• Monitoring Prior to distribution, a baseline is set which acts as the reference point for measuring emission reductions. Ongoing monitoring and data collection practices are put in place to track improved stove utilization and measure long-term emissions reductions.
  • Crediting The emissions reduced from the project are then quantified into carbon credits, measured in CO2 metric ton equivalent. The revenue generated from the sale of these credits is typically used to finance additional projects or to provide continued education to the local communities.

What are the benefits of improved cookstove carbon projects?


  • Advanced cookstove carbon offset projects promote biodiversity and decrease the rate of deforestation by eliminating the need for wood or other biomass for cooking.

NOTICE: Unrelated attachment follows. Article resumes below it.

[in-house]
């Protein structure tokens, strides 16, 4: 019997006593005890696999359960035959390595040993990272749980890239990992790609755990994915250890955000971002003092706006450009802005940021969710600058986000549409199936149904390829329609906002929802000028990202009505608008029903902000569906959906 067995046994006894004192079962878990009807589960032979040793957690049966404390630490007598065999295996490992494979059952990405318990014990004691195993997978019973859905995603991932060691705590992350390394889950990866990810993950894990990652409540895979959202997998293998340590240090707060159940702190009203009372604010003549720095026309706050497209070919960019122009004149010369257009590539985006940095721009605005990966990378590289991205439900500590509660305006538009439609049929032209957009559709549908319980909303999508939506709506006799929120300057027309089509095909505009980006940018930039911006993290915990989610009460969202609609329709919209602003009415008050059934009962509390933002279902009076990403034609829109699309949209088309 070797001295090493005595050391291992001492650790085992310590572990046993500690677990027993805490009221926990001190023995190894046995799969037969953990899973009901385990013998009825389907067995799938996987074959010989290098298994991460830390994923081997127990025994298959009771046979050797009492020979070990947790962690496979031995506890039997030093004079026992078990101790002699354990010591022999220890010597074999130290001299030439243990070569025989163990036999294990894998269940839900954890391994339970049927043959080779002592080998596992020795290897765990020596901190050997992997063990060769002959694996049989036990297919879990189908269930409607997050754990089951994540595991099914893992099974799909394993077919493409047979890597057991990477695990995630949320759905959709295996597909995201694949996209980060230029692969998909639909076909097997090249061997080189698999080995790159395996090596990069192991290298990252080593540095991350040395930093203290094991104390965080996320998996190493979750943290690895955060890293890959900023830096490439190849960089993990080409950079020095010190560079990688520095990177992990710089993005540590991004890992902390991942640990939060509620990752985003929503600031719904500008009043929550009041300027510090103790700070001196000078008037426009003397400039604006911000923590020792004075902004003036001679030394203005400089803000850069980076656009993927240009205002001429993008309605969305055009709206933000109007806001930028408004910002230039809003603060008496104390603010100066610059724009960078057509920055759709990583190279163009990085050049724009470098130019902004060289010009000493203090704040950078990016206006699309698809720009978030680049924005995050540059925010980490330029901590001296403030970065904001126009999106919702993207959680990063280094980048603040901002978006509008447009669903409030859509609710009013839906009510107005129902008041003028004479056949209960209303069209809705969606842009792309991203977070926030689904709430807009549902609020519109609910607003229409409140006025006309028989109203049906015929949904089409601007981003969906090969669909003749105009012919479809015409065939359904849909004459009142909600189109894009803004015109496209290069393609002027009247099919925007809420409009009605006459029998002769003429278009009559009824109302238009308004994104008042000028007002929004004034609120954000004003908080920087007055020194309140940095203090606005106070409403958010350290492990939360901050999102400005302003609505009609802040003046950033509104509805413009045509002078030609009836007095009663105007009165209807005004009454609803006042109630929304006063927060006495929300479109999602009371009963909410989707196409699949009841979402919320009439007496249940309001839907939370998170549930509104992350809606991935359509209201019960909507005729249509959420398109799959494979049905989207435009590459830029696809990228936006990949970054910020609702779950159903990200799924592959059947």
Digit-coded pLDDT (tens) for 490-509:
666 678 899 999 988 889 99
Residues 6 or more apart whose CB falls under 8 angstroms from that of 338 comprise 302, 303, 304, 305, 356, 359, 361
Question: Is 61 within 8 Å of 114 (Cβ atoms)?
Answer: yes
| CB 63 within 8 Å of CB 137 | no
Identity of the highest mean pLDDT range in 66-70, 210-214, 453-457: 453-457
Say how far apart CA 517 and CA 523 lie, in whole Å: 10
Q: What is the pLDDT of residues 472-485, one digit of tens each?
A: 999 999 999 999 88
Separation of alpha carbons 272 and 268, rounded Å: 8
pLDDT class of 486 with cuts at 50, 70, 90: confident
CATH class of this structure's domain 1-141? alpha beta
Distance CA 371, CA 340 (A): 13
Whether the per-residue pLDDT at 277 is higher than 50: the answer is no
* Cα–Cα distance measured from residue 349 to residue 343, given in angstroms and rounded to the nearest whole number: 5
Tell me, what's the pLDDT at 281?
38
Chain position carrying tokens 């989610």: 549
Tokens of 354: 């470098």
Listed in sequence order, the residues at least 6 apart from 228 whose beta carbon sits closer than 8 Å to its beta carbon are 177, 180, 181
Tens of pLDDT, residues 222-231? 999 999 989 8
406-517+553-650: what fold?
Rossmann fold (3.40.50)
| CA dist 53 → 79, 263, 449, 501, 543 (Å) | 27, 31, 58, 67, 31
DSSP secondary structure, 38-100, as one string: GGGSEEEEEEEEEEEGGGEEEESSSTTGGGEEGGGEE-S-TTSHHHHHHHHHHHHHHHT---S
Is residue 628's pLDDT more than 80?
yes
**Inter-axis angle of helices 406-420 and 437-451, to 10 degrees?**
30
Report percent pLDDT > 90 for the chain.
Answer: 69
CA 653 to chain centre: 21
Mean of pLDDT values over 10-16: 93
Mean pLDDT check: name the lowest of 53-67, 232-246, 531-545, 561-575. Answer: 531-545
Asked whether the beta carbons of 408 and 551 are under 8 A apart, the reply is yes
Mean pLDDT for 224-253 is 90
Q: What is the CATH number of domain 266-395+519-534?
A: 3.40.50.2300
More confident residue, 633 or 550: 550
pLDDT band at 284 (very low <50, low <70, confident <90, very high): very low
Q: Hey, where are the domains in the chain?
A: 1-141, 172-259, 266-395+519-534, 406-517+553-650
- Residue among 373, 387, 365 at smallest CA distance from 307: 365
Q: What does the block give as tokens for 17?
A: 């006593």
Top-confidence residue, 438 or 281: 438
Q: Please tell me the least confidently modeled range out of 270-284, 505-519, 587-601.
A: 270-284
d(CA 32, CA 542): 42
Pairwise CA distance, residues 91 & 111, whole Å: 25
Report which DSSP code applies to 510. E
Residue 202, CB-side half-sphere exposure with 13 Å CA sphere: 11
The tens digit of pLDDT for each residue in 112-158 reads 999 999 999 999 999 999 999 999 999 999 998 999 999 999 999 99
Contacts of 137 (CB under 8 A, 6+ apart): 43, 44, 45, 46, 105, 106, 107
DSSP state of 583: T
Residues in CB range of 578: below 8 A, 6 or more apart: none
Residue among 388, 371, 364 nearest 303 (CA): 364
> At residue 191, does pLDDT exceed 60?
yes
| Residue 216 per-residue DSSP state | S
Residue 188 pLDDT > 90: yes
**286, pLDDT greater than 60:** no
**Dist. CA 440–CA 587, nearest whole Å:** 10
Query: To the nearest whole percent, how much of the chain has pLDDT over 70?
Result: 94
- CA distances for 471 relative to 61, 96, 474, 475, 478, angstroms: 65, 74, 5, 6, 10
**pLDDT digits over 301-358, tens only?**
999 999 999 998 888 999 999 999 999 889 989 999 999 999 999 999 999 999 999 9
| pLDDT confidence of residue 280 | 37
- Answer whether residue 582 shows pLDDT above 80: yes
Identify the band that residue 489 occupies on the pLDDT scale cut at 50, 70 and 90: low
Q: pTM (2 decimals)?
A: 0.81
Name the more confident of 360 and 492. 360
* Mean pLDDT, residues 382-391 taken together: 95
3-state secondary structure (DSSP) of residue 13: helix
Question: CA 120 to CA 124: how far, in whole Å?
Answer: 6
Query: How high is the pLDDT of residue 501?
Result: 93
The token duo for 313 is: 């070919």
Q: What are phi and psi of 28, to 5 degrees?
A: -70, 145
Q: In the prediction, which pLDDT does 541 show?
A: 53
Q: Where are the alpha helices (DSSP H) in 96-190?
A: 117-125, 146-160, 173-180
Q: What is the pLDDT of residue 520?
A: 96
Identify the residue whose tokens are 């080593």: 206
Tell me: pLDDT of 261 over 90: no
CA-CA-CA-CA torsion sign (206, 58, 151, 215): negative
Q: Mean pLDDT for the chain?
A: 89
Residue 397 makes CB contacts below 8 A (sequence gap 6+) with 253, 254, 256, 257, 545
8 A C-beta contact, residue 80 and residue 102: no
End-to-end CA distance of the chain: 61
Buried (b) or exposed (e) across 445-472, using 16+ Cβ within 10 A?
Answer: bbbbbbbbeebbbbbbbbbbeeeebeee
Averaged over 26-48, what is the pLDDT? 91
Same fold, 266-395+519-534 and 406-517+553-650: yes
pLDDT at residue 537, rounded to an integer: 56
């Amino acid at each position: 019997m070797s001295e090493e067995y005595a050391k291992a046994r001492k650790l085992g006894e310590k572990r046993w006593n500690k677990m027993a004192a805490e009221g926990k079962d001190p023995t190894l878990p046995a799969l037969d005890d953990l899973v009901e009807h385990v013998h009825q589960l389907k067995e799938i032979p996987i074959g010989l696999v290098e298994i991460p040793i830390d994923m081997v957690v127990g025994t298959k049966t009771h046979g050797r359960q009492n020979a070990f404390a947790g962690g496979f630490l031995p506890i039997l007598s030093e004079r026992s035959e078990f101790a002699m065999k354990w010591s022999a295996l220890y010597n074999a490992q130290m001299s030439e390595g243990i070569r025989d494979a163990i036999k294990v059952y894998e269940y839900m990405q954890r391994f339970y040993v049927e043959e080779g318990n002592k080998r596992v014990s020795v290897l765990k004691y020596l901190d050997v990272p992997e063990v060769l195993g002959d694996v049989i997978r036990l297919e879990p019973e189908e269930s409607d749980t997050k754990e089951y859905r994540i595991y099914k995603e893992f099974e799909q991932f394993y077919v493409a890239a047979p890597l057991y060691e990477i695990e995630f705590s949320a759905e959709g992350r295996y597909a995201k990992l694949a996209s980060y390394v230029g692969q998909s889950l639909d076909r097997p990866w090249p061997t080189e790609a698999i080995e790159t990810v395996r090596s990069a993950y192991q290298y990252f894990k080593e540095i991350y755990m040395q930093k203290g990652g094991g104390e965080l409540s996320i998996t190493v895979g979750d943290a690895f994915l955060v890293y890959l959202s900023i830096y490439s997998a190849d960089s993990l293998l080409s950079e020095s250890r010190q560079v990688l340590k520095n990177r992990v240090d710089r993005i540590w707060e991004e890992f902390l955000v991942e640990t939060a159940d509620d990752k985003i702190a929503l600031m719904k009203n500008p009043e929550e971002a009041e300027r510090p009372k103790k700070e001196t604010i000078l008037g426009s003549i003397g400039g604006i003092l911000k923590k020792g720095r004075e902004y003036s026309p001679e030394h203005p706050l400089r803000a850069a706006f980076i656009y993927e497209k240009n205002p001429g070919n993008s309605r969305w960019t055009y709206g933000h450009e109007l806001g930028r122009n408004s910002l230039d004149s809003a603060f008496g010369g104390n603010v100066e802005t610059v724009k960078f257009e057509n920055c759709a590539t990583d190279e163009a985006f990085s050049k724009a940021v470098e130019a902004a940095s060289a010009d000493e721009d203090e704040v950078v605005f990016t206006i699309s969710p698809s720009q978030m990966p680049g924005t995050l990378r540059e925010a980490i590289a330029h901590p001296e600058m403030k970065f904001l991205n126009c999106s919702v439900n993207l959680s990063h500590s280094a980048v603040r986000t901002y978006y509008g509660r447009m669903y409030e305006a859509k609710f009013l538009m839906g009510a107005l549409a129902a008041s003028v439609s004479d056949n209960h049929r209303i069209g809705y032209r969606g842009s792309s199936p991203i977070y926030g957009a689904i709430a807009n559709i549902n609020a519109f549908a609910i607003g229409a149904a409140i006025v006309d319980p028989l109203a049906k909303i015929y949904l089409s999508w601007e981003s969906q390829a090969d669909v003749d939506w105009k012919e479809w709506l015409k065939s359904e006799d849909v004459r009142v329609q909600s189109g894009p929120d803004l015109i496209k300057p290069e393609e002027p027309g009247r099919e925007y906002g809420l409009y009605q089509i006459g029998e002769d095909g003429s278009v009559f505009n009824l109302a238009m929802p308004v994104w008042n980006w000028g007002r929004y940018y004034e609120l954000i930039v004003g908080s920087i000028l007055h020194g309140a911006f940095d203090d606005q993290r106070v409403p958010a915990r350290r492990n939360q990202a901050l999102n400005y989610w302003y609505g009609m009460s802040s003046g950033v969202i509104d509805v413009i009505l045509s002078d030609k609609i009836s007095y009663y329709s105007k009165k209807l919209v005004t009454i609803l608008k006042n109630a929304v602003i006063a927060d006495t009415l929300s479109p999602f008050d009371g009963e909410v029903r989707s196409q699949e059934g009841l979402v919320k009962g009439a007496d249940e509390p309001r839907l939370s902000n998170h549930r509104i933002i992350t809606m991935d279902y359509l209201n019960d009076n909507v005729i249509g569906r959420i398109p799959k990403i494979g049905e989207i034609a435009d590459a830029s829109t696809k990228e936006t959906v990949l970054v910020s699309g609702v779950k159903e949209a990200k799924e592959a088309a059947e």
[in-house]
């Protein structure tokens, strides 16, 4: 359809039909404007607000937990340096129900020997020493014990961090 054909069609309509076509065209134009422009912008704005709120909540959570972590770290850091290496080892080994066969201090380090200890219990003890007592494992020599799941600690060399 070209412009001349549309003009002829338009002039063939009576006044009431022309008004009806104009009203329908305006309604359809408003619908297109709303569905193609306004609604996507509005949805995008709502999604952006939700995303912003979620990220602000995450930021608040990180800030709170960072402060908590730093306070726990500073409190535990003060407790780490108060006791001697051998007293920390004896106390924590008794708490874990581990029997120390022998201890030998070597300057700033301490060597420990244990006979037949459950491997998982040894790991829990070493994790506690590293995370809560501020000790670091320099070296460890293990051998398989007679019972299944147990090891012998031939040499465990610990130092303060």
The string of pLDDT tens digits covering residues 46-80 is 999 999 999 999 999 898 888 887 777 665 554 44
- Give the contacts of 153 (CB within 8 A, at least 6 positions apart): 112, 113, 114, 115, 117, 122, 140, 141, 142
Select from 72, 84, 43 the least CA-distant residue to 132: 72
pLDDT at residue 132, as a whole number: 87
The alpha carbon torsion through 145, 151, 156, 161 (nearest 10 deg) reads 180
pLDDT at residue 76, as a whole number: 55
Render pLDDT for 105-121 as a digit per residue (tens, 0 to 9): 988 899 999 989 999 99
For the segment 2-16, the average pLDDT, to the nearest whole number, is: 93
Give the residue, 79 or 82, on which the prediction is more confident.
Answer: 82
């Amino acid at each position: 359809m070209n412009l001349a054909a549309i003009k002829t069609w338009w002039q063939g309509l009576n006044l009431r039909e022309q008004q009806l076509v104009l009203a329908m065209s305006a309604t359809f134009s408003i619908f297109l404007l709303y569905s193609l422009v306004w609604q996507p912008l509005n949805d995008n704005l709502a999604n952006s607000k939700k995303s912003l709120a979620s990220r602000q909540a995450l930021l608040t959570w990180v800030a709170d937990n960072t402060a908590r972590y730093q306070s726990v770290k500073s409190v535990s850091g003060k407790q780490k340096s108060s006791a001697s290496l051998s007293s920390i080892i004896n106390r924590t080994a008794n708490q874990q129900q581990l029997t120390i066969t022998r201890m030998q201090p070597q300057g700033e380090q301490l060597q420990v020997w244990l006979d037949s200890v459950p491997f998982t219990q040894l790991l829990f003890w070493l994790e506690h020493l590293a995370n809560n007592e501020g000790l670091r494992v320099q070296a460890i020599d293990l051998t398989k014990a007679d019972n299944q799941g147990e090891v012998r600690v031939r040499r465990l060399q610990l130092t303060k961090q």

• Advanced cookstoves burn fuel more efficiently, resulting in lower GHG emissions, particularly carbon dioxide (CO2) and methane (CH4). 


  • Oftentimes, jobs are created for the local community members to help with the distribution and education of the cookstove operation and its benefits. 
  • Cookstove projects support women’s empowerment by giving them access to clean household cooking solutions, significantly reducing the time spent collecting fuel. With less time spent gathering biomass, beneficiaries have a greater opportunity to generate income and enjoy other activities.

Health and Safety